A spiritual principle for our manna is that it isn’t meant to be hoarded. Just like the Israelites were instructed to only gather enough for that day, we are wise to be mindful of how we gather God’s provision. 

The Israelites were also instructed to rest one day a week. This was for their fruitfulness. Rest requires we trust that God will provide for us. When we rest, it’s like a flag-waving over our lives, shouting “I trust You, Lord!” As believers, we need rest too. When we engage in God-directed rest, it sings of our trust too.

The Mission of Manna

Manna was also something that served as a dividing line for the Israelites. It was new and different, and it wasn’t continued into the Promised Land. It forced that generation of God-followers to know Him personally, rather than culturally or as a “family thing.”

You shall remember all the way which the Lord your God has led you in the wilderness these forty years, that He might humble you, testing you, to know what was in your heart, whether you would keep His commandments or not. He humbled you and let you be hungry, and fed you with manna which you did not know, nor did your fathers know, that He might make you understand that man does not live by bread alone, but man lives by everything that proceeds out of the mouth of the Lord (Deuteronomy 8:2-3).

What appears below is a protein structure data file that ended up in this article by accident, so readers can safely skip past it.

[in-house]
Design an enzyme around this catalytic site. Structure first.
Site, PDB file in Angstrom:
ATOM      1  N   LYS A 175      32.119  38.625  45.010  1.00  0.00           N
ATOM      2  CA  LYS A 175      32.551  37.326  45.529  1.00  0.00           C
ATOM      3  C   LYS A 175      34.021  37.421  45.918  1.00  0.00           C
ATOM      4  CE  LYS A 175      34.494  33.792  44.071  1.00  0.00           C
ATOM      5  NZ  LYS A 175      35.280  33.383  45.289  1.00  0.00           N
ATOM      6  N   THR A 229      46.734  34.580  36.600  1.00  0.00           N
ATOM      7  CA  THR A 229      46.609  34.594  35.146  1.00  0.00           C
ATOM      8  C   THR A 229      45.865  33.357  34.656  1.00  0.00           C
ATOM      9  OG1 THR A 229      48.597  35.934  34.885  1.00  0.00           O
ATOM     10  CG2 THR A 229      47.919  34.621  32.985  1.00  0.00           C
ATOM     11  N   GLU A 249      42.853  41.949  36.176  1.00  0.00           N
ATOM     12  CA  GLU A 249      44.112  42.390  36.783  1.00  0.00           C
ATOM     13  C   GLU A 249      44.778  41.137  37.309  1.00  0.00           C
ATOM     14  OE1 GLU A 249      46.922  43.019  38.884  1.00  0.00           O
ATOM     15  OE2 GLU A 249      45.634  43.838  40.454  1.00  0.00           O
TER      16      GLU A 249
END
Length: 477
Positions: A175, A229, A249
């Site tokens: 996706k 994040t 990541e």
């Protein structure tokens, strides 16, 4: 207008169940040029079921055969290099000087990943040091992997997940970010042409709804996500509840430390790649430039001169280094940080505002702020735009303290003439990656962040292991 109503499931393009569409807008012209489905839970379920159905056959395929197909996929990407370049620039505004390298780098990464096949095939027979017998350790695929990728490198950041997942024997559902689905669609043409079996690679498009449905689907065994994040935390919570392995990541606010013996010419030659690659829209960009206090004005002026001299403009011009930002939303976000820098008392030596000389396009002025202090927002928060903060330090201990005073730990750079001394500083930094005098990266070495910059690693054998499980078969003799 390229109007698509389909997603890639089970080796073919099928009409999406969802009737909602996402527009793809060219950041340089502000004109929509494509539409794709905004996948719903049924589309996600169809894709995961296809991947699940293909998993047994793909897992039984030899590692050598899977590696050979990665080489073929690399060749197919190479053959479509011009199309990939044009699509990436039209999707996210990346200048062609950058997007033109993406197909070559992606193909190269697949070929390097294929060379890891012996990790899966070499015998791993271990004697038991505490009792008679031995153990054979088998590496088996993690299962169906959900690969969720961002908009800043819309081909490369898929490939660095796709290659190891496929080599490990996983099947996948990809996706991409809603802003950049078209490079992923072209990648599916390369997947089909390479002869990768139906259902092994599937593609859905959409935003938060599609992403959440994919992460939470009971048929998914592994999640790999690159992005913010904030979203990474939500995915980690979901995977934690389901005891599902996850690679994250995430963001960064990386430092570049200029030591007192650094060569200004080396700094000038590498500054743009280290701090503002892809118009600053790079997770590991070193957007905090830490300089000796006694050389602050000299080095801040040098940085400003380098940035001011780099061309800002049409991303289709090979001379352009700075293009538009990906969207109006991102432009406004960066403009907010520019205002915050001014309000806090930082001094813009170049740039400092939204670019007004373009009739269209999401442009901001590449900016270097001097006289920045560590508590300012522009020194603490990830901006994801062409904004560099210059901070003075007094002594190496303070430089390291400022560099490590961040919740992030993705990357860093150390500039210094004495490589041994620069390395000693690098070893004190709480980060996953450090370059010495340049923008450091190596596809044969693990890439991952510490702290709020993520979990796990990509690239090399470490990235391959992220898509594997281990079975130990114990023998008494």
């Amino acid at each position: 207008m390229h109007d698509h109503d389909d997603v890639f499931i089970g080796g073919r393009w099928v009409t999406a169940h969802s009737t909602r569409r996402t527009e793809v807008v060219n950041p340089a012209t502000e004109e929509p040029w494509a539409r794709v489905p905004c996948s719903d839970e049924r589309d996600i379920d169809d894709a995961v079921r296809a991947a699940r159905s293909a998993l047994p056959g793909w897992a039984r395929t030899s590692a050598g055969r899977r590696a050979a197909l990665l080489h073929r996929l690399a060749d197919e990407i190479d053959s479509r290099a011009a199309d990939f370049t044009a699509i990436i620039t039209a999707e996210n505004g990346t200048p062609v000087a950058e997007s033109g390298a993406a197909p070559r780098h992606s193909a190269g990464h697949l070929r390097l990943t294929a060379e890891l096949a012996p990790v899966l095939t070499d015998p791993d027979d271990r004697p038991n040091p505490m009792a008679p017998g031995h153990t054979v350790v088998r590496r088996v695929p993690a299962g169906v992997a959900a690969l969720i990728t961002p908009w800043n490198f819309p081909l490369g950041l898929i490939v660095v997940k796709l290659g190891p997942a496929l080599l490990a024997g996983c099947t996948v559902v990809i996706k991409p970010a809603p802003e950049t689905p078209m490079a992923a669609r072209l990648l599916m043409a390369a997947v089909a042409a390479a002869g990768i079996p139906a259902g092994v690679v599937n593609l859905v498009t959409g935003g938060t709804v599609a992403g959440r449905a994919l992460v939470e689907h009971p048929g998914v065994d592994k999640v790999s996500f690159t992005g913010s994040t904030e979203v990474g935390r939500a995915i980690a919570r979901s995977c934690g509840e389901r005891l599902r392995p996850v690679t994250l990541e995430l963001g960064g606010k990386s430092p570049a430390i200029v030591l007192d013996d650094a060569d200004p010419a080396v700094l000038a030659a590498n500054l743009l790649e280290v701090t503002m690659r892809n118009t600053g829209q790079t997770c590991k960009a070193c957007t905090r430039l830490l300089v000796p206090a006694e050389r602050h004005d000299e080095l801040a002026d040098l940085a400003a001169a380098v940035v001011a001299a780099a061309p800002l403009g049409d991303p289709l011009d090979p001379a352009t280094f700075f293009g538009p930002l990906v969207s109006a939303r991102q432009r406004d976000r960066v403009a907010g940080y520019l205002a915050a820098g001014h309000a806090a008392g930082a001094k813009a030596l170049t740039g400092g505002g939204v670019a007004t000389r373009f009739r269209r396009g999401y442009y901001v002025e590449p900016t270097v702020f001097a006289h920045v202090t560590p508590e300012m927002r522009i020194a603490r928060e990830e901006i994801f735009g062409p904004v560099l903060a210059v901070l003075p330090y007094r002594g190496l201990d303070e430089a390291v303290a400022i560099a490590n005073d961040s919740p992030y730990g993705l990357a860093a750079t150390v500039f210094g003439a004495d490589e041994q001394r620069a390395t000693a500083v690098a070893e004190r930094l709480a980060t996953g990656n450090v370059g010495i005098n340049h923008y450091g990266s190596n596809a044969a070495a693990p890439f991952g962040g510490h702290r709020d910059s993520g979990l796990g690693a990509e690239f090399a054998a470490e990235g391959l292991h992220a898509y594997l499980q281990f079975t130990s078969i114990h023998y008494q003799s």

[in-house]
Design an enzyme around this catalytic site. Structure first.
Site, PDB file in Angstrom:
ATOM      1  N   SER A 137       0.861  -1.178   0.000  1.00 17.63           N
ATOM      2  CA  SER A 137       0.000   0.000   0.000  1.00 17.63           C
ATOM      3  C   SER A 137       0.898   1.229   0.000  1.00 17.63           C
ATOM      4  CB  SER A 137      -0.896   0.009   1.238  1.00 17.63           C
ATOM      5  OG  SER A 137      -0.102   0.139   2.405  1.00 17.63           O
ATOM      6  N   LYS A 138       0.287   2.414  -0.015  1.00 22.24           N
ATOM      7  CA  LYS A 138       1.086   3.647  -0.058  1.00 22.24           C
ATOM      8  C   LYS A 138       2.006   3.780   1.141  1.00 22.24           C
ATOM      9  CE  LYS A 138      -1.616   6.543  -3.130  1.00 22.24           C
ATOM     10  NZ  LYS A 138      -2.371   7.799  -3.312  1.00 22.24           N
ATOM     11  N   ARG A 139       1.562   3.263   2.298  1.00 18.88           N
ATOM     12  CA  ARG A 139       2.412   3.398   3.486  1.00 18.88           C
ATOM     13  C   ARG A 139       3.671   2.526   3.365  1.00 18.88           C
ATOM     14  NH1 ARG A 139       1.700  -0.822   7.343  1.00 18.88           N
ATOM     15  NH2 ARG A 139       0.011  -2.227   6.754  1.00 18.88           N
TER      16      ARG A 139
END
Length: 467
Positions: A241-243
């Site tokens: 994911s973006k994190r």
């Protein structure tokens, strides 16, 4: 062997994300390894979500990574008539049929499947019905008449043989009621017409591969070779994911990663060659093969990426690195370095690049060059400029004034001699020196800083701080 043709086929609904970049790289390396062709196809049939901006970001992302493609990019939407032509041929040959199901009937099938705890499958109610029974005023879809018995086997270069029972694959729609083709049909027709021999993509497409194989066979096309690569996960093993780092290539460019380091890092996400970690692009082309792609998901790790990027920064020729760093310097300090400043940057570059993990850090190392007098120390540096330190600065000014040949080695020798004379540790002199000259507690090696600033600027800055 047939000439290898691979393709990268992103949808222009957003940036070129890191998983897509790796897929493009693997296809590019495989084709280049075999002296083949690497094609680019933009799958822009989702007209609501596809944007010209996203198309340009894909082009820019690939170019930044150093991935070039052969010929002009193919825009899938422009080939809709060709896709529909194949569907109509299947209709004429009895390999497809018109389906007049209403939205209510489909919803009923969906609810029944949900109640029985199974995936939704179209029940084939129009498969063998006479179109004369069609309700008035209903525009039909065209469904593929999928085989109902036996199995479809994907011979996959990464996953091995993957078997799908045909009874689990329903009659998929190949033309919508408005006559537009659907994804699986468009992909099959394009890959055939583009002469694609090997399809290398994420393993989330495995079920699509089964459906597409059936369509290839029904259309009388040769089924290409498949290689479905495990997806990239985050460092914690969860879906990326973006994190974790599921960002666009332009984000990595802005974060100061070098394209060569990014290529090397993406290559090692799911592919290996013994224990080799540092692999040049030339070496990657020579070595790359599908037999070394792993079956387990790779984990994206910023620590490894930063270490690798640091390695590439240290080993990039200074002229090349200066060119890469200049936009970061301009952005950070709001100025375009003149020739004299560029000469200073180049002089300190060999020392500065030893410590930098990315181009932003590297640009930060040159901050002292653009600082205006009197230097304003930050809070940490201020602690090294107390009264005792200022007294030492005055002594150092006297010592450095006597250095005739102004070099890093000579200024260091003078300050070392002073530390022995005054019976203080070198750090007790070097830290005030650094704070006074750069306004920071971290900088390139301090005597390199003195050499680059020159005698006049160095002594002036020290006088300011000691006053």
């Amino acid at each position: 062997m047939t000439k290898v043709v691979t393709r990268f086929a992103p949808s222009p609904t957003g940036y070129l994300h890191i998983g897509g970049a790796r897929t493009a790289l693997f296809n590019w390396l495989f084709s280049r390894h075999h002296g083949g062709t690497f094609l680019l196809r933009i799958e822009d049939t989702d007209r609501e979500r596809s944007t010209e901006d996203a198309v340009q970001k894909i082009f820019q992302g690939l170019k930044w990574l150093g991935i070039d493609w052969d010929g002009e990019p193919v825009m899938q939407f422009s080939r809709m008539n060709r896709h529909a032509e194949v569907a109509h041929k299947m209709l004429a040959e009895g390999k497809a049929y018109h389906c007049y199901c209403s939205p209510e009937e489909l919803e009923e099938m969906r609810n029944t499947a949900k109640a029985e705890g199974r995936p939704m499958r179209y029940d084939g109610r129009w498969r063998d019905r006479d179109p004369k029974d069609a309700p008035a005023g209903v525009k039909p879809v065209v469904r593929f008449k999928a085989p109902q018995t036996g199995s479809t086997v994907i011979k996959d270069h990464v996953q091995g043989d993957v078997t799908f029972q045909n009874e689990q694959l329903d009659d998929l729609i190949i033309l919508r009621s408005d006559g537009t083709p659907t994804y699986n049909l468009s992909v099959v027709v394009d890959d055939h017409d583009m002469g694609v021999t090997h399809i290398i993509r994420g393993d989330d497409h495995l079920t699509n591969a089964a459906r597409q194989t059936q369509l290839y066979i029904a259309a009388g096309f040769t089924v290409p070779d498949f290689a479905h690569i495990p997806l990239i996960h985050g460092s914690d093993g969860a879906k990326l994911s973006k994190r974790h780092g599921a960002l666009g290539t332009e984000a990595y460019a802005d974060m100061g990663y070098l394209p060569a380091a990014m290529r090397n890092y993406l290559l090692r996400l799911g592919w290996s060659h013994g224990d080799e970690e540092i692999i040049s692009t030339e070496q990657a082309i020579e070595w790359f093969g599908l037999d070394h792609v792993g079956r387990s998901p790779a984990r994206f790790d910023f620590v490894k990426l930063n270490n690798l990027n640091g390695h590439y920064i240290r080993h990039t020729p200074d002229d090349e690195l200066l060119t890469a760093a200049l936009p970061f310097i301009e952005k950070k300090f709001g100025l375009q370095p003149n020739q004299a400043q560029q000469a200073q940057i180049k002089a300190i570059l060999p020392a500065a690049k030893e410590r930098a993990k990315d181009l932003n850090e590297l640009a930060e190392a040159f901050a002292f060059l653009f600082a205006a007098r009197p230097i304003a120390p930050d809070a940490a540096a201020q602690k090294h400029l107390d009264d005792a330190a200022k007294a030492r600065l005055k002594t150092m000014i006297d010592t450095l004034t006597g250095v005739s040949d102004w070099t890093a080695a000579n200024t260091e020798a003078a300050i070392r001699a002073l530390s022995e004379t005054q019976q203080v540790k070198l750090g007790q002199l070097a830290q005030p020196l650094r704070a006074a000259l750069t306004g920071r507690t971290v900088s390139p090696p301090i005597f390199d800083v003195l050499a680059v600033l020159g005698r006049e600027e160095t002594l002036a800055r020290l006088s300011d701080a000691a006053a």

The earlier generations of Israelites did not get to interact with the Lord in this way. So, God’s provision was pulling them into intimacy and a sense of owning their faith journey as personal.

The manna provision also served to humble them. This provision was simply gathered up. The Israelites couldn’t boast any real effort or involvement. 

When the Lord provides for us, let us write it into our testimonies as personal and precious. Let us make note of it and receive the work of His provision with complete humility, as well. 

©iStock/Getty Images Plus/Oxana Medvedeva


April Motl is a pastor’s wife, homeschool mom, and women’s ministry director. When she’s not waist-deep in the joys and jobs of motherhood, she writes and teaches for women. You can find more encouraging resources from April here and here.


Originally published December 09, 2019.